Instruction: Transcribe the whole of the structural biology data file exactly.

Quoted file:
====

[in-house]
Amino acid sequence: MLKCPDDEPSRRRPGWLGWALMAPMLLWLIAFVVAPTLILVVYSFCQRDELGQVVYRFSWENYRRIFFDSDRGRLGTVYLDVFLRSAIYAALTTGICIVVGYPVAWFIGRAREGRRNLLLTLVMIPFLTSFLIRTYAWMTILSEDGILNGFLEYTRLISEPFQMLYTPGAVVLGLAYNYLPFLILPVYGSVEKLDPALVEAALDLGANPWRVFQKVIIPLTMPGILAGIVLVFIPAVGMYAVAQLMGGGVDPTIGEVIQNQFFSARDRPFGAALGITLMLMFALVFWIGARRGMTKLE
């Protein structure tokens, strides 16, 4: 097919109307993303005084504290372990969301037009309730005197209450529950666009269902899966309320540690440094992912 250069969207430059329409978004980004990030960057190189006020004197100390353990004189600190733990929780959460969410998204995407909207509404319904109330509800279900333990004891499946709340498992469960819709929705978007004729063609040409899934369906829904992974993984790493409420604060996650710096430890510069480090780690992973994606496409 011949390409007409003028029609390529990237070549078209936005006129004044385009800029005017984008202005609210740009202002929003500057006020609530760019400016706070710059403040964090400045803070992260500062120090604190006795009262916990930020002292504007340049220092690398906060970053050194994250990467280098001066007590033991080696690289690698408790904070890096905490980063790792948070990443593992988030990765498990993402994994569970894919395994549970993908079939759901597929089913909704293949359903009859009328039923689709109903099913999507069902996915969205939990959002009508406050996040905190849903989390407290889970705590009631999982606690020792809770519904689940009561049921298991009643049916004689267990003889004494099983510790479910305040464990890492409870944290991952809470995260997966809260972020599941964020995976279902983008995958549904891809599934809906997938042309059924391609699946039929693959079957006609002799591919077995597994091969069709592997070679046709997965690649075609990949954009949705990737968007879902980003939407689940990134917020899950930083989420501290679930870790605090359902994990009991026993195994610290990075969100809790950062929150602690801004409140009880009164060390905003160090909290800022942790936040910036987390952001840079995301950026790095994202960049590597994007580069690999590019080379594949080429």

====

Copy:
[in-house]
Amino acid sequence: MLKCPDDEPSRRRPGWLGWALMAPMLLWLIAFVVAPTLILVVYSFCQRDELGQVVYRFSWENYRRIFFDSDRGRLGTVYLDVFLRSAIYAALTTGICIVVGYPVAWFIGRAREGRRNLLLTLVMIPFLTSFLIRTYAWMTILSEDGILNGFLEYTRLISEPFQMLYTPGAVVLGLAYNYLPFLILPVYGSVEKLDPALVEAALDLGANPWRVFQKVIIPLTMPGILAGIVLVFIPAVGMYAVAQLMGGGVDPTIGEVIQNQFFSARDRPFGAALGITLMLMFALVFWIGARRGMTKLE
């Protein structure tokens, strides 16, 4: 097919109307993303005084504290372990969301037009309730005197209450529950666009269902899966309320540690440094992912 250069969207430059329409978004980004990030960057190189006020004197100390353990004189600190733990929780959460969410998204995407909207509404319904109330509800279900333990004891499946709340498992469960819709929705978007004729063609040409899934369906829904992974993984790493409420604060996650710096430890510069480090780690992973994606496409 011949390409007409003028029609390529990237070549078209936005006129004044385009800029005017984008202005609210740009202002929003500057006020609530760019400016706070710059403040964090400045803070992260500062120090604190006795009262916990930020002292504007340049220092690398906060970053050194994250990467280098001066007590033991080696690289690698408790904070890096905490980063790792948070990443593992988030990765498990993402994994569970894919395994549970993908079939759901597929089913909704293949359903009859009328039923689709109903099913999507069902996915969205939990959002009508406050996040905190849903989390407290889970705590009631999982606690020792809770519904689940009561049921298991009643049916004689267990003889004494099983510790479910305040464990890492409870944290991952809470995260997966809260972020599941964020995976279902983008995958549904891809599934809906997938042309059924391609699946039929693959079957006609002799591919077995597994091969069709592997070679046709997965690649075609990949954009949705990737968007879902980003939407689940990134917020899950930083989420501290679930870790605090359902994990009991026993195994610290990075969100809790950062929150602690801004409140009880009164060390905003160090909290800022942790936040910036987390952001840079995301950026790095994202960049590597994007580069690999590019080379594949080429």